Investors in Canberra have had to grapple with something the ACT market isn’t used to: a possible crisis of confidence
As the political climate has been heating up in Canberra, a familiar sound has been heard among property circles. It’s a debate that routinely crops its head up from time to time, but it’s slightly different this time. It has grown teeth.
The argument is that the best and worst things about Canberra’s market are one and the same. The average household income within the nation’s capital is significantly higher than the Australian average, which means that investors can charge higher rents and, for the most part, get away with it.
Of course, this higher average income is greatly dependent on high paying Federal Government jobs, which is where Canberra reveals its vulnerable side. If the Federal Government starts cutting jobs, the once rosy situation for investors will start to turn. Average household income will drop, many people will be unable to afford their rent, and suddenly the rental landscape might change.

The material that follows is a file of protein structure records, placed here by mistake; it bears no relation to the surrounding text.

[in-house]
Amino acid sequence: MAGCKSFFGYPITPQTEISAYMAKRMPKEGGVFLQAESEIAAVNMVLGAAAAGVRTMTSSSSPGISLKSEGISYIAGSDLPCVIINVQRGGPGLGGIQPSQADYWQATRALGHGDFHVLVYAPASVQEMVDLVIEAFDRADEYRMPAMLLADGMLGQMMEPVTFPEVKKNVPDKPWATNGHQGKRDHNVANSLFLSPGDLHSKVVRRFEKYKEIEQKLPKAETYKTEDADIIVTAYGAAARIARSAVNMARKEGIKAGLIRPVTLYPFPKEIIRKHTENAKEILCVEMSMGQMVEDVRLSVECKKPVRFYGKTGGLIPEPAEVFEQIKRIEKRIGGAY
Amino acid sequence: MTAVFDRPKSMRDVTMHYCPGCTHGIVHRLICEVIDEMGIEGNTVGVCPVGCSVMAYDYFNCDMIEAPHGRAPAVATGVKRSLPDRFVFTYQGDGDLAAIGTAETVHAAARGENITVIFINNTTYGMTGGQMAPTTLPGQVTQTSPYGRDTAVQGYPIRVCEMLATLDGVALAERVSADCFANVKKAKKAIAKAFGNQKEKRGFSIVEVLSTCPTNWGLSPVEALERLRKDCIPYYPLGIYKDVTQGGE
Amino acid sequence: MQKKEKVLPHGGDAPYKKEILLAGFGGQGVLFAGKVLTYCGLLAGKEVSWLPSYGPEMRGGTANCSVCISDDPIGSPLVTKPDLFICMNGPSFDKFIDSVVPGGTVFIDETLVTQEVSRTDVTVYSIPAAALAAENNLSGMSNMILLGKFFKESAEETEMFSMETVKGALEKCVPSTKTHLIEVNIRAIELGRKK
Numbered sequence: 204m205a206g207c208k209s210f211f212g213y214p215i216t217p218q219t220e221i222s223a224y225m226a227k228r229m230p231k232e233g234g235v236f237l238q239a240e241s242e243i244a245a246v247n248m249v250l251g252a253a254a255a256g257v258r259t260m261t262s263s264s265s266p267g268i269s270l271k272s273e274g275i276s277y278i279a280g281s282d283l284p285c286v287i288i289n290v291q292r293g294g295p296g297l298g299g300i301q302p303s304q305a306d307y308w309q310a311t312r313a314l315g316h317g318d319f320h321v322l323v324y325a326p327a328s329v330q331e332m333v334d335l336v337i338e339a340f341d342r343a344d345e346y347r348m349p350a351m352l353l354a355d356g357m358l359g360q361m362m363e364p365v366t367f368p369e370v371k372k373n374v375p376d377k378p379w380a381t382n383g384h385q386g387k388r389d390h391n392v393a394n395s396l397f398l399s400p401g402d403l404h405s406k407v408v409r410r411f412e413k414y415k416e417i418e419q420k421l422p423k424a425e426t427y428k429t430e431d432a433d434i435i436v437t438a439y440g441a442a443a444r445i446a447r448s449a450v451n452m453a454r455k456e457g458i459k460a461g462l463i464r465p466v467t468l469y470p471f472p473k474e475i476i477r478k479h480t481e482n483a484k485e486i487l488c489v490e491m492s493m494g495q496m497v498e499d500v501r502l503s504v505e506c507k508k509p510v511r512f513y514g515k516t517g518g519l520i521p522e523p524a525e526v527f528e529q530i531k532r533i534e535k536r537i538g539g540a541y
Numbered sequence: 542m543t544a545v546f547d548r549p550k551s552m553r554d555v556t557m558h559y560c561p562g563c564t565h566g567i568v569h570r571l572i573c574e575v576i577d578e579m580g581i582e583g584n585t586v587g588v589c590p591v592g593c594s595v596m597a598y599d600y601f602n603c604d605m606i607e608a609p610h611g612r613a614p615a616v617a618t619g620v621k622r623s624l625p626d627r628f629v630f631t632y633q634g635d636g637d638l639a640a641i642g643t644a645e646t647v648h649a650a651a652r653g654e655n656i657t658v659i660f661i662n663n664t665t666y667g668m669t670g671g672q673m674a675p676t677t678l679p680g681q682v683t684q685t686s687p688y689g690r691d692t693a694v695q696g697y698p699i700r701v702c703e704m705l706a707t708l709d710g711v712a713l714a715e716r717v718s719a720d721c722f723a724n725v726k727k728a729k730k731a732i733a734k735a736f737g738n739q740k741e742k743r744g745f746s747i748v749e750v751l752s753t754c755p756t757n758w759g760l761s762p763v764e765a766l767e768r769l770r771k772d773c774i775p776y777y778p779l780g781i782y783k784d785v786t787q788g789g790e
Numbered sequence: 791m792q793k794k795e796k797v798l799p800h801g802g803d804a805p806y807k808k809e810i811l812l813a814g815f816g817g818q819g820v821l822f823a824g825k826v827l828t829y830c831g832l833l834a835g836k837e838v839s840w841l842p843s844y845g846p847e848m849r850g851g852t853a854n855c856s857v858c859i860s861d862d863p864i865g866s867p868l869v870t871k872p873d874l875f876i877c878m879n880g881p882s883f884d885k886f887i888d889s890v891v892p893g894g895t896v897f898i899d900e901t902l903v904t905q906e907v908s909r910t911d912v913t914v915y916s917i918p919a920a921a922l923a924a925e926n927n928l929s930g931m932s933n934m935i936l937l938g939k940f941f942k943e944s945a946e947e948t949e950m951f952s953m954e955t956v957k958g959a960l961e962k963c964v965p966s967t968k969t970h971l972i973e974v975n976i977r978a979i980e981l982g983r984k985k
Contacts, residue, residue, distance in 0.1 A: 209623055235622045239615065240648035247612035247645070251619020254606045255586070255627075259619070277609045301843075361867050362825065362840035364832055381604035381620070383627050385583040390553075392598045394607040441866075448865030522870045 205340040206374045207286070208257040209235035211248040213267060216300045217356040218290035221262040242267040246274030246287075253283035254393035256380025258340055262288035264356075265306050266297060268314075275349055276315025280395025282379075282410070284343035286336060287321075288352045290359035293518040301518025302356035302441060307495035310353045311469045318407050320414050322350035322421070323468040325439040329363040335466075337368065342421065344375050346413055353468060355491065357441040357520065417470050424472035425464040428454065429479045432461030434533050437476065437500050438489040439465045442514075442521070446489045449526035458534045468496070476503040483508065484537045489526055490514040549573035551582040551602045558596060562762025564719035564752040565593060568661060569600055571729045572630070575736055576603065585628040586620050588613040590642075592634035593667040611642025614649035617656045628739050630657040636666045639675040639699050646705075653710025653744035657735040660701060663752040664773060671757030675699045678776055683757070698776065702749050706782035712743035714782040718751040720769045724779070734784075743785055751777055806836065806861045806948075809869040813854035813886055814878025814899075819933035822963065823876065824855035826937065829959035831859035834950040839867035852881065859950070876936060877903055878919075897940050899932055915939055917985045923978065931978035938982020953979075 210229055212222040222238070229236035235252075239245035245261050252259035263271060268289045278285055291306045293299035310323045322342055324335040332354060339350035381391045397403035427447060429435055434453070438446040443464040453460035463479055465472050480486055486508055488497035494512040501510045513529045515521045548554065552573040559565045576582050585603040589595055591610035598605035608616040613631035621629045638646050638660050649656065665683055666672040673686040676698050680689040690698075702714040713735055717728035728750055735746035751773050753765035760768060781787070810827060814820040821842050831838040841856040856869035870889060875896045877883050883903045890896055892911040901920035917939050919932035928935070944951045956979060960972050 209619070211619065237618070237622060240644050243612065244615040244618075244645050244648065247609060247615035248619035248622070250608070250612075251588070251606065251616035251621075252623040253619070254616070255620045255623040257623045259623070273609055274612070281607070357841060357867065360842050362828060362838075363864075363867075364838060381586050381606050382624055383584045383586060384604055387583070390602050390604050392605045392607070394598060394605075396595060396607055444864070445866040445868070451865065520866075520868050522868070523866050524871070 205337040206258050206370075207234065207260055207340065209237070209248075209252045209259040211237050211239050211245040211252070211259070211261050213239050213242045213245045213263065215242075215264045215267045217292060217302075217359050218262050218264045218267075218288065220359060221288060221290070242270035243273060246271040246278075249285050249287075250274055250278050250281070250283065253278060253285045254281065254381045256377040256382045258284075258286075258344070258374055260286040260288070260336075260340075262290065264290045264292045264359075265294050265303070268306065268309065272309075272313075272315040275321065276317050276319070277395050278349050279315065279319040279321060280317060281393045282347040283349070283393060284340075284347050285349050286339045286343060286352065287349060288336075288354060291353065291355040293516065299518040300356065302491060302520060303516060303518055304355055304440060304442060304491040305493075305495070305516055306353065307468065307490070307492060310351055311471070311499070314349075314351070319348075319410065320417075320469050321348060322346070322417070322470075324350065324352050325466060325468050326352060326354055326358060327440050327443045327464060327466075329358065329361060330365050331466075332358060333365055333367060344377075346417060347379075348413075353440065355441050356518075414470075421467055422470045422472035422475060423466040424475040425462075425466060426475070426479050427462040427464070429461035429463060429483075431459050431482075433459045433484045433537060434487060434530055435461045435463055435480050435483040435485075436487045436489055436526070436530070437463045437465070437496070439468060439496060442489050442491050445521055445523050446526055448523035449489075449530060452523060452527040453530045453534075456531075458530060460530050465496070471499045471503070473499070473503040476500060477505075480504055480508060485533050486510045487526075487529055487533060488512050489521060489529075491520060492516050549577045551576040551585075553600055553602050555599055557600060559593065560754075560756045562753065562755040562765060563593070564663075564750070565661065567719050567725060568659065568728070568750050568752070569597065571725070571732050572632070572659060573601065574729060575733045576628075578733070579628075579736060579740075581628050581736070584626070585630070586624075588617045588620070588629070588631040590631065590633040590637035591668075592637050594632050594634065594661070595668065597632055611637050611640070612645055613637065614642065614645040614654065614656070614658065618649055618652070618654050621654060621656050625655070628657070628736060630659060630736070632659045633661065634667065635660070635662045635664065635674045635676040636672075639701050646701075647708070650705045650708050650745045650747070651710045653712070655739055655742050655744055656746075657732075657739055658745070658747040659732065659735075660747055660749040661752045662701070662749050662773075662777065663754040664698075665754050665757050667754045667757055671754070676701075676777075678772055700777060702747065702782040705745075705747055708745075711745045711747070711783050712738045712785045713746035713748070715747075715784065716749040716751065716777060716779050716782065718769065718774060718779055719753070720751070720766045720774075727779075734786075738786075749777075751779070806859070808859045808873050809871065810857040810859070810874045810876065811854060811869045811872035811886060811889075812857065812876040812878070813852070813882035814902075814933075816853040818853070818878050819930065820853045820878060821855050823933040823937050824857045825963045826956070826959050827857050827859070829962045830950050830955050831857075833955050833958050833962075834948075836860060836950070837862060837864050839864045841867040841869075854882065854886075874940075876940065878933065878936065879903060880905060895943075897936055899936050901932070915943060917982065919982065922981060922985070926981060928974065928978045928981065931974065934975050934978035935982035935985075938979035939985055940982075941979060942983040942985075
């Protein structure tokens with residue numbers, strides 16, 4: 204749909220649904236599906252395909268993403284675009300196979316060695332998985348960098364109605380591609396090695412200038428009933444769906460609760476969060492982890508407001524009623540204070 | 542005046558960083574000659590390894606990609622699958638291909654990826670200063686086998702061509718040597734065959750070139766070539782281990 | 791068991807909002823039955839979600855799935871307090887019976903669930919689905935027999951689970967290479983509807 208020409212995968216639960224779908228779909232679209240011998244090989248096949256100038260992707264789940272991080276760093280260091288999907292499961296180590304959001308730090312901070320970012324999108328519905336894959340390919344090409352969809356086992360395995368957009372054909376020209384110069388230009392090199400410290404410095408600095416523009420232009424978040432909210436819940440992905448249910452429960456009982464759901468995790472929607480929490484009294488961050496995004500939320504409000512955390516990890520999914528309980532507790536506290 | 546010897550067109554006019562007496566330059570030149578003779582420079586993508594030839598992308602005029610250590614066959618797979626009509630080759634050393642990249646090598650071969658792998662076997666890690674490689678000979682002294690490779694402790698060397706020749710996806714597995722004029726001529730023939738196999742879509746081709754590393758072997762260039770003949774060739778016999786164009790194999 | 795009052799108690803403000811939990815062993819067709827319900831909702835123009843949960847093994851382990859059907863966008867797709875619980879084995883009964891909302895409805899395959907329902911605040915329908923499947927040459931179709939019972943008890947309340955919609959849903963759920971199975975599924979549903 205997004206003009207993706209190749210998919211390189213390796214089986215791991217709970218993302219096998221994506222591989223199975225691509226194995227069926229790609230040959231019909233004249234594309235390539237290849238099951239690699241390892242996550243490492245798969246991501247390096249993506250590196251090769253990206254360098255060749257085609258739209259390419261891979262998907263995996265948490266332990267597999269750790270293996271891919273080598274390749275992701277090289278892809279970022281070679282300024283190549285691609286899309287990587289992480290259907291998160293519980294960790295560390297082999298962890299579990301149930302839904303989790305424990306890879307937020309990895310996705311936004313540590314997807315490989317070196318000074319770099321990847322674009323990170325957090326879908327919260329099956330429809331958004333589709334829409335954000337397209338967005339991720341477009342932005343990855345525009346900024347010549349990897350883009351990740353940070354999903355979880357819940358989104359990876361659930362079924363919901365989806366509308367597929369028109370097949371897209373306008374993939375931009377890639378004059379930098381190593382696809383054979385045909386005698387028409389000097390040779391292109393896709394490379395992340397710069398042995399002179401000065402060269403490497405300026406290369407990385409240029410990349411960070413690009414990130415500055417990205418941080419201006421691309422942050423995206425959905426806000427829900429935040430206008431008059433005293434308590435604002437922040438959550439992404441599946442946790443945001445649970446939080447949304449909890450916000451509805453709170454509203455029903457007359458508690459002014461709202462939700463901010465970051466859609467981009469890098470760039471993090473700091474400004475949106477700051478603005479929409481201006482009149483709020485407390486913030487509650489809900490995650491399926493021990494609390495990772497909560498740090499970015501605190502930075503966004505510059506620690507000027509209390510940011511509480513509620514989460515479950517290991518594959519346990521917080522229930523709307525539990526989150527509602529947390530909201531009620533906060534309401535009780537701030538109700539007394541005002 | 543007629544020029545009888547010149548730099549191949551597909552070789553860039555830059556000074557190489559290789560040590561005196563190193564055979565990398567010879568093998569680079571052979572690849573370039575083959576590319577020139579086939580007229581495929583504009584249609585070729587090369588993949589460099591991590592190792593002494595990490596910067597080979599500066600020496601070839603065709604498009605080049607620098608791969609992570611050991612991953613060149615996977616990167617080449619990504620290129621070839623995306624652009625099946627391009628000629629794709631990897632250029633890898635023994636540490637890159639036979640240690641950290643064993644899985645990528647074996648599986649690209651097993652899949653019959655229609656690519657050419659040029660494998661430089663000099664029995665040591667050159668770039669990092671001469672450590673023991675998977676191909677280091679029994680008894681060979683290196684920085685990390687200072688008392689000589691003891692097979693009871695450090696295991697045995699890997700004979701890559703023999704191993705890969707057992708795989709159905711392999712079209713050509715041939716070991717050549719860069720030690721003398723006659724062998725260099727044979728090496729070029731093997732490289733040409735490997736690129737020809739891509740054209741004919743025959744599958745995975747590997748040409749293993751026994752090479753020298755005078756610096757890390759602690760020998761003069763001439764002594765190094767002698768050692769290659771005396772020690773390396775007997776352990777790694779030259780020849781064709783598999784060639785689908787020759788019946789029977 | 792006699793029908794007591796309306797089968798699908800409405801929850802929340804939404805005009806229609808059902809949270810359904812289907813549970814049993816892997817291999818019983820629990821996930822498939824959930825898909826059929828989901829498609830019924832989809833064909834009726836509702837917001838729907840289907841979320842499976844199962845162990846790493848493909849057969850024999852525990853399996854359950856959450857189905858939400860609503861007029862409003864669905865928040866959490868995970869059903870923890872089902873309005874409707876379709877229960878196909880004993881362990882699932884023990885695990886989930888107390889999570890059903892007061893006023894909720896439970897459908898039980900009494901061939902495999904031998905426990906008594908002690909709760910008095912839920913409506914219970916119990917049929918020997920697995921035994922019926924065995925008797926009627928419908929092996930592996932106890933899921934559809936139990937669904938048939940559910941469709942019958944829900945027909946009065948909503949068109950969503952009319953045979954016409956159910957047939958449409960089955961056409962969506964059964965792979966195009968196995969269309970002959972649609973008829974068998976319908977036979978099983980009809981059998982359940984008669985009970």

The current concern is not that things are any riskier than they were before. It is simply that recent political events have brought Canberra’s soft underbelly back into the limelight. The Labor Party in March suffered its worst ever defeat in the Queensland State election and also lost in NSW. It’s a ready indication that change could be a strong possibility at the national level, too.
When and whether this change in Federal Government would or would not result in job cuts in Canberra is something to be debated. What is more immediately clear is that the issue has re-emerged in the psyche of property owners. Would-be investors are asking questions and one has to wonder what this might mean for overall confidence in the Canberra market.
The most recent Property Council of Australia-ANZ Property Industry Confidence survey sheds some light. It reports that property industry professionals have, on average, a marginally negative view of the ACT’s economy and employment environment.
According to Paul Braddick, head of property research at ANZ, there’s enough to indicate that Canberra has some risks as it is.
“The government is now very much in cost-cutting mode… It doesn’t raise a lot of hope that we’re going to see significant increases in public sector employment. So the near-term outlook is reasonably subdued for Canberra,” he says.
Braddick states further in ANZ’s latest Australian Property Outlook that as the year goes by, Canberra’s supply situation may become less favourable for investors.
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